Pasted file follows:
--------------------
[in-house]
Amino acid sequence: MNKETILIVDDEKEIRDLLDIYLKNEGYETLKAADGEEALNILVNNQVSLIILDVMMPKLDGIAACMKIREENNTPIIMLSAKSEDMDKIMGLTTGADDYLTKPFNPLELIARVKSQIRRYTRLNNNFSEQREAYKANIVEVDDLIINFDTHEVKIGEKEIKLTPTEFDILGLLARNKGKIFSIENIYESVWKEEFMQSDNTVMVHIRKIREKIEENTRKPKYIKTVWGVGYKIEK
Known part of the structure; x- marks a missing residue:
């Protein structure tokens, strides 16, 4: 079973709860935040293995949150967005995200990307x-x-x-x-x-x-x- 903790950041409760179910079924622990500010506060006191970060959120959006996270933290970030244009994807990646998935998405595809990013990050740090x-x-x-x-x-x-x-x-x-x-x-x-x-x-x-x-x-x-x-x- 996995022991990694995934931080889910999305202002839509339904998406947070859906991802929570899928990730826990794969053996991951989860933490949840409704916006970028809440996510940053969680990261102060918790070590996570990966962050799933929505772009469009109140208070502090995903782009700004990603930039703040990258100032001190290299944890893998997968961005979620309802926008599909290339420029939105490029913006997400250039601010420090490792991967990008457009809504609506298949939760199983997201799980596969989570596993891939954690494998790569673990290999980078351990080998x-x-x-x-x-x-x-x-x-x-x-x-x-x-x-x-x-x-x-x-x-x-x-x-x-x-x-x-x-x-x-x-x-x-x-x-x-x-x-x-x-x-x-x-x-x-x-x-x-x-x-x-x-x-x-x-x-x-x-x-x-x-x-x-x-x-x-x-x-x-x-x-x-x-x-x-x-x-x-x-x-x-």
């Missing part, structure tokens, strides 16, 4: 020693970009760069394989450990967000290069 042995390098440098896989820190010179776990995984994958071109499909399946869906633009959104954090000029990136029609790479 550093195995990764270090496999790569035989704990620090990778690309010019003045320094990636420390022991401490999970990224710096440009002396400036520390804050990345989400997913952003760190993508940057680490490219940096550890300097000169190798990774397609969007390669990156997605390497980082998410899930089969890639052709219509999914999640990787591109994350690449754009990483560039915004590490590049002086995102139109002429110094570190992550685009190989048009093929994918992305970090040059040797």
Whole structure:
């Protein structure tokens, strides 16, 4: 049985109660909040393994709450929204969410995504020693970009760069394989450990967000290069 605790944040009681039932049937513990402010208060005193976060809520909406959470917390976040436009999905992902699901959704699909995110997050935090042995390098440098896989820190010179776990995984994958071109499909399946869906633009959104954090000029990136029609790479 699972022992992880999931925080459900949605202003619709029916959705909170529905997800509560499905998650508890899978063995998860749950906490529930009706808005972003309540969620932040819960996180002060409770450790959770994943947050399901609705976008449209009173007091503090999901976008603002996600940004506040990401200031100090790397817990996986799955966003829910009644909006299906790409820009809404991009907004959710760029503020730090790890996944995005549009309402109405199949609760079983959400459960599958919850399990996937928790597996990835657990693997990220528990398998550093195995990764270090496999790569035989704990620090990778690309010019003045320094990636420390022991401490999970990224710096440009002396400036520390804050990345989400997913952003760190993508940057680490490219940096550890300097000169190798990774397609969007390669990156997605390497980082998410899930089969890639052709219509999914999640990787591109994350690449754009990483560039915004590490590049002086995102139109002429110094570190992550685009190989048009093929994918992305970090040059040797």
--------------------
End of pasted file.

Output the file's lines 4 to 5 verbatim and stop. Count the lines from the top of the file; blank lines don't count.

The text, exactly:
């Protein structure tokens, strides 16, 4: 079973709860935040293995949150967005995200990307x-x-x-x-x-x-x- 903790950041409760179910079924622990500010506060006191970060959120959006996270933290970030244009994807990646998935998405595809990013990050740090x-x-x-x-x-x-x-x-x-x-x-x-x-x-x-x-x-x-x-x- 996995022991990694995934931080889910999305202002839509339904998406947070859906991802929570899928990730826990794969053996991951989860933490949840409704916006970028809440996510940053969680990261102060918790070590996570990966962050799933929505772009469009109140208070502090995903782009700004990603930039703040990258100032001190290299944890893998997968961005979620309802926008599909290339420029939105490029913006997400250039601010420090490792991967990008457009809504609506298949939760199983997201799980596969989570596993891939954690494998790569673990290999980078351990080998x-x-x-x-x-x-x-x-x-x-x-x-x-x-x-x-x-x-x-x-x-x-x-x-x-x-x-x-x-x-x-x-x-x-x-x-x-x-x-x-x-x-x-x-x-x-x-x-x-x-x-x-x-x-x-x-x-x-x-x-x-x-x-x-x-x-x-x-x-x-x-x-x-x-x-x-x-x-x-x-x-x-």
């Missing part, structure tokens, strides 16, 4: 020693970009760069394989450990967000290069 042995390098440098896989820190010179776990995984994958071109499909399946869906633009959104954090000029990136029609790479 550093195995990764270090496999790569035989704990620090990778690309010019003045320094990636420390022991401490999970990224710096440009002396400036520390804050990345989400997913952003760190993508940057680490490219940096550890300097000169190798990774397609969007390669990156997605390497980082998410899930089969890639052709219509999914999640990787591109994350690449754009990483560039915004590490590049002086995102139109002429110094570190992550685009190989048009093929994918992305970090040059040797």